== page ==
At this dialog create an user environment variable by clicking at the New button:

Environment Variables dialog screenshot

Click on the 'New' button as shown above to create an user variable.

It must be named NDK_CCACHE and the value is going to be the absolute path pointing to the ccache binary (in this case, the ccache.exe file). This file is at inside Cygwin’s folder, under the bin directory. For this tutorial, let’s assume that Cygwin is installed at the root of the C drive, so the variable’s value will be:


Note that this is a POSIX-style bsolute path and not a Win32 one. Now, create another variable to define where ccache should store the compilation results. This variable must be named CCACHE_DIR and the value has to be an absolute path to an existing directory on the system, in the Win32 format. As an example, to place the cached results at an Cygwin’s user directory, just create a directory there and pass it’s absolute path as this variable’s value, like this:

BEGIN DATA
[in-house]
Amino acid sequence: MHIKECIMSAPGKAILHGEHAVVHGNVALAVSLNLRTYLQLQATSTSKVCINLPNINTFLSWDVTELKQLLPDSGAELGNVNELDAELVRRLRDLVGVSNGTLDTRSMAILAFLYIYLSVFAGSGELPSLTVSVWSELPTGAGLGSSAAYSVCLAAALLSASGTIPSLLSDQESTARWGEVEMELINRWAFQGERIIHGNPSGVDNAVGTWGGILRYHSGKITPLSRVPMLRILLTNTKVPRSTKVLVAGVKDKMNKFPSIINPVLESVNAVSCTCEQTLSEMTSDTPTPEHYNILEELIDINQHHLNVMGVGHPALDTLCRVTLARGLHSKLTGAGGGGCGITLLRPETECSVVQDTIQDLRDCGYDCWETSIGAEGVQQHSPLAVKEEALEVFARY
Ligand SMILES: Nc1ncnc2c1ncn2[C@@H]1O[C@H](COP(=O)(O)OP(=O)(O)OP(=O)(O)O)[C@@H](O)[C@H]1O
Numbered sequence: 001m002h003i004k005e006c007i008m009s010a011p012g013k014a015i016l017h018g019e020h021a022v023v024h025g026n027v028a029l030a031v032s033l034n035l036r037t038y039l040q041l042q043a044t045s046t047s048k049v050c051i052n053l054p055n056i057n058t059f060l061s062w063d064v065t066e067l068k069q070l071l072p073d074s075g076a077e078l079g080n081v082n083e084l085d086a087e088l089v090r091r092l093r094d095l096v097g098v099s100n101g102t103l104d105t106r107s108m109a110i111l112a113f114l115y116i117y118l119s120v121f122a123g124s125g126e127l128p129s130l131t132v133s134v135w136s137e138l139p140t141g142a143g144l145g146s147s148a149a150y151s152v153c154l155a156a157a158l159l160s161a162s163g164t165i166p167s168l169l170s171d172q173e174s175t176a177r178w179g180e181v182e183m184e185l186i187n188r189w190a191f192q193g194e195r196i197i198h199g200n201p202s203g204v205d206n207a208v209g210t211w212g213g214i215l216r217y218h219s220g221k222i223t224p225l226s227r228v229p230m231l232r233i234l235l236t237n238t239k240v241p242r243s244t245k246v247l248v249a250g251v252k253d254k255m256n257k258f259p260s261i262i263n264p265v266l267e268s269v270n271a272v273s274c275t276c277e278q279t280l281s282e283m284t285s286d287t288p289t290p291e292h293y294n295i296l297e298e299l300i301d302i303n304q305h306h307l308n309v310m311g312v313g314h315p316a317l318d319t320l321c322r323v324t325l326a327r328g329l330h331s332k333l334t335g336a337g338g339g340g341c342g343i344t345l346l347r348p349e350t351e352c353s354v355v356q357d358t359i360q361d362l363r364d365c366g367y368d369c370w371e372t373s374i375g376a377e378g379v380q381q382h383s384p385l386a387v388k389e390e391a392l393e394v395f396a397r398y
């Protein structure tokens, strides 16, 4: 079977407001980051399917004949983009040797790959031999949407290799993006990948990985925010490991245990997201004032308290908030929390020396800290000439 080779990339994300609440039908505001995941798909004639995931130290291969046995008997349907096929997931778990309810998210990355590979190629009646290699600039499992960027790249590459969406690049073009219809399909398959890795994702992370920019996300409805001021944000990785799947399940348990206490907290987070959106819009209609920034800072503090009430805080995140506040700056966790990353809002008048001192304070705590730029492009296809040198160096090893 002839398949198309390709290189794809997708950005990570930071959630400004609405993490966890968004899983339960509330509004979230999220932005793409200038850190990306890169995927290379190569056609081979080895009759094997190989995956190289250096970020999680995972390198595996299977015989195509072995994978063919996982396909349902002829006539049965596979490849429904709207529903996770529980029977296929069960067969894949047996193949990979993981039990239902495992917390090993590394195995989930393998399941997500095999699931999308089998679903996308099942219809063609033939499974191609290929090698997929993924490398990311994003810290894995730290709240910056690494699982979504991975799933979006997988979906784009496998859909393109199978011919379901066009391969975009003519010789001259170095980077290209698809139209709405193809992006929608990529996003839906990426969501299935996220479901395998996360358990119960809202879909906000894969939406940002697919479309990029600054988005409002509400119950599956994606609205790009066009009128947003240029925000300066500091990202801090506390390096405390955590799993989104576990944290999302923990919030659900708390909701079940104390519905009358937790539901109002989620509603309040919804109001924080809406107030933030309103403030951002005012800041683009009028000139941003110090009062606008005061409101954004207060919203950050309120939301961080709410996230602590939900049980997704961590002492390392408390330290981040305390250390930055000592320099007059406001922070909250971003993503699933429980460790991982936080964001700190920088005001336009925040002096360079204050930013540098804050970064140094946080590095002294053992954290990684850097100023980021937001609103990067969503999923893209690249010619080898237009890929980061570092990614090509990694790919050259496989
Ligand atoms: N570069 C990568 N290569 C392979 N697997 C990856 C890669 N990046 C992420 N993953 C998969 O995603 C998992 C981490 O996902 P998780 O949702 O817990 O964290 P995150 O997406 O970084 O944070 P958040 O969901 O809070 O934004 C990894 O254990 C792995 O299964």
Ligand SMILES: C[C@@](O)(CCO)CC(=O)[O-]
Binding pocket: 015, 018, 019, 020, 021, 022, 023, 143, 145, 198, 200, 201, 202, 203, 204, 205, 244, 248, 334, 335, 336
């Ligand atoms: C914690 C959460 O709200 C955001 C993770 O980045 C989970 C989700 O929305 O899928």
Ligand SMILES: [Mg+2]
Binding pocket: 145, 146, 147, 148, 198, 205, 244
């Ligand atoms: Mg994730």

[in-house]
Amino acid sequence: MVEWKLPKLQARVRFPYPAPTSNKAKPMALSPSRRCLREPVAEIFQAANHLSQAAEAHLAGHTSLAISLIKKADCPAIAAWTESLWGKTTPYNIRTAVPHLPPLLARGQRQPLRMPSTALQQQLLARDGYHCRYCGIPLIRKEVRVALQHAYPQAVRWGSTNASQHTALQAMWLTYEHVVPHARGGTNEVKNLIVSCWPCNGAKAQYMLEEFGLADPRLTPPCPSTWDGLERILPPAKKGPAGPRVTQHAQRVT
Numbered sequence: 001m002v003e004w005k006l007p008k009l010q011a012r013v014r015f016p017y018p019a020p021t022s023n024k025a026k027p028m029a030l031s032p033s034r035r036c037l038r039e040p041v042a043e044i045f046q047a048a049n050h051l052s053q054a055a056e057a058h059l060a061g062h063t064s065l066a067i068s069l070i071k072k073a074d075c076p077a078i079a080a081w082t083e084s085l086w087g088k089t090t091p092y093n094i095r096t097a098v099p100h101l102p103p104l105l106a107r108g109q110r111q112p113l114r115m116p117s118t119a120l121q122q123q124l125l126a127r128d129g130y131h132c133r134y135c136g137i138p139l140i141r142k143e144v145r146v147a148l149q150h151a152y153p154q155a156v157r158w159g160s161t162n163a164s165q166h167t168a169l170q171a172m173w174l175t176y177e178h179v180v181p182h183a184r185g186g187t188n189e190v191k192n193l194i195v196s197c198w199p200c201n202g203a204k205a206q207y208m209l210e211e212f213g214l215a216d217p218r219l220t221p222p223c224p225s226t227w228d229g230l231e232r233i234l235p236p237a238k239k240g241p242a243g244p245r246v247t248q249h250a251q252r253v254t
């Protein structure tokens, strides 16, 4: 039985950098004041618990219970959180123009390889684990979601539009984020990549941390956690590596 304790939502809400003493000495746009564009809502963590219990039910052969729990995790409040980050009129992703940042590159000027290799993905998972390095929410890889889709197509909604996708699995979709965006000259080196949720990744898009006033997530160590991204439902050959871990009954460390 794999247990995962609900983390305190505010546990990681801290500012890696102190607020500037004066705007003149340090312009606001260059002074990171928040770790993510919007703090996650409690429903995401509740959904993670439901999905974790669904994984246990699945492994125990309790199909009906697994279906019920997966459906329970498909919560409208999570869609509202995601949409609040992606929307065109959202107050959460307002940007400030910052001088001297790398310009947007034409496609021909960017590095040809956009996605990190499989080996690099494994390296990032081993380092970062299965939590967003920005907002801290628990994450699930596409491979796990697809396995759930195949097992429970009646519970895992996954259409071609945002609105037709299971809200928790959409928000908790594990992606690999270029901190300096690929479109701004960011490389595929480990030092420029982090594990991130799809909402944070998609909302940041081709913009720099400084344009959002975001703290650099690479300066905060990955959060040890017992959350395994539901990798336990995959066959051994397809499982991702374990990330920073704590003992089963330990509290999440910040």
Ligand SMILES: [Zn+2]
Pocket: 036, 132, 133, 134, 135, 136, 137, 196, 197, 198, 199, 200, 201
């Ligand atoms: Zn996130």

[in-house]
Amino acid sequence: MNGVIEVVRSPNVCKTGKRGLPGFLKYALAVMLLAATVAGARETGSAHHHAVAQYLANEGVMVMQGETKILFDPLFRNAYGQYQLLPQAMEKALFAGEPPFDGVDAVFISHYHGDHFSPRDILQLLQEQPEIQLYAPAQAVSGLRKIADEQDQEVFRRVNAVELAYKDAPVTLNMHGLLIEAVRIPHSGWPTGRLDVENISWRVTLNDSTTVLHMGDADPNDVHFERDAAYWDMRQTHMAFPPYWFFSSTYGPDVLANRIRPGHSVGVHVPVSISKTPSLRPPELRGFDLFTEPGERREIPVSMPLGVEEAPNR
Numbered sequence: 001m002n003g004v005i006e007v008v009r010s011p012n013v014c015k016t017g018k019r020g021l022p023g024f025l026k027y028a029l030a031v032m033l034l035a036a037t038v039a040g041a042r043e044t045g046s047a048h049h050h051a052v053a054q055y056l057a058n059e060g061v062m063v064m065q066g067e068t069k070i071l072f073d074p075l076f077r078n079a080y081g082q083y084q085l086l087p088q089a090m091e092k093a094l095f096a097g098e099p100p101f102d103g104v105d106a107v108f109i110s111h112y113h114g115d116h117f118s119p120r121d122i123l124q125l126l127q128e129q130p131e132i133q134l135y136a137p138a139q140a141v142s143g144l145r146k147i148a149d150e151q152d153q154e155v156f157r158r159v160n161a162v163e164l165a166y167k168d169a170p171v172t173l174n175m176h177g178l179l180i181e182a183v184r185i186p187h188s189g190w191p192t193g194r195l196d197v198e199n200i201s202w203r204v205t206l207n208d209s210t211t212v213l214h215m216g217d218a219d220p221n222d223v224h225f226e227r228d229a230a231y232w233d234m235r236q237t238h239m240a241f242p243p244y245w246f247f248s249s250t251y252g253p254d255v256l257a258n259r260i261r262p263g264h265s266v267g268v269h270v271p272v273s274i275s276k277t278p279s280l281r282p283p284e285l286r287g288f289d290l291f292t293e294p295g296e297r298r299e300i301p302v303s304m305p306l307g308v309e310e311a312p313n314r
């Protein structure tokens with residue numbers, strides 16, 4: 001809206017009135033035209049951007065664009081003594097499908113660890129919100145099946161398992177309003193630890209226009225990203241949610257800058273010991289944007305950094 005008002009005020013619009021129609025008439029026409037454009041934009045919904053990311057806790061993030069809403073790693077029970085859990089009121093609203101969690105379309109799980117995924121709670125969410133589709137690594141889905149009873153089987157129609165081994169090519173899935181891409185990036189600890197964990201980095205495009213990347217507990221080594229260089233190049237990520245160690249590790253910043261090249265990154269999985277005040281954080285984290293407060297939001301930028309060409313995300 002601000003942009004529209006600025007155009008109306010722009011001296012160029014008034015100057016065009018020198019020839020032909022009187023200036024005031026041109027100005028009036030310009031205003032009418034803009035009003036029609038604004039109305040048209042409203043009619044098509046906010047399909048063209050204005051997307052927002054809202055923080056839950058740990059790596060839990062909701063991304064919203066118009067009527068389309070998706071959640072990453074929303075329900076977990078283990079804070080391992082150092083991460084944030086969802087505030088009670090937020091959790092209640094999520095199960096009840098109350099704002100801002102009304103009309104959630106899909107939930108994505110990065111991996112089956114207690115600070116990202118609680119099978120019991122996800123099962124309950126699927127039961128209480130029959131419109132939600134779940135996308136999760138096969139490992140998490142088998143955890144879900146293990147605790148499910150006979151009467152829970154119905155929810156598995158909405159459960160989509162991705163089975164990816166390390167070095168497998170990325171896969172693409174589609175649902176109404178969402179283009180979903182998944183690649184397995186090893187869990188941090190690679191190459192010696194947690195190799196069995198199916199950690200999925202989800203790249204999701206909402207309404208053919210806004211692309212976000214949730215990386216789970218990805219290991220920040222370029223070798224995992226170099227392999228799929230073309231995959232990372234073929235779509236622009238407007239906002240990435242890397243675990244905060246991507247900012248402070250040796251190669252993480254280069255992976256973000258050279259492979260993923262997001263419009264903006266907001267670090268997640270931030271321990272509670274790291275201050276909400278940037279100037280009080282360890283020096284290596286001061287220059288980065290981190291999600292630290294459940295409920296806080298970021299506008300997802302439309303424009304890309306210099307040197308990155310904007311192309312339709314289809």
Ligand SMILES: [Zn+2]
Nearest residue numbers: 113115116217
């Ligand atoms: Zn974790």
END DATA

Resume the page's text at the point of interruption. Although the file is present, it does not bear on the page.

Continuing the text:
Where <user> must be replaced by the name of your Cygwin user. Again, this is just a suggestion: this variable can point to any existing folder on the system, so create the cache directory before setting it. After creating those variables, the Environment Variables dialog will look like this:

Screenshot of recently created User Variables

The recently created user variables should be something like the ones pictured above. Click on 'OK' to confirm the changes.

As explained by Daniel Smith at this thread on the Android-NDK Google Group, in order to make ccache work, some lines at the must be changed. This file is located at the <ndk>/build/core folder, where <ndk> is the Android NDK directory. For the r7 lines 85 and 88 must be altered from:

//Line 85

//LINE 88


//Line 85
TARGET_CC       = ccache $(TOOLCHAIN_PREFIX)gcc

//LINE 88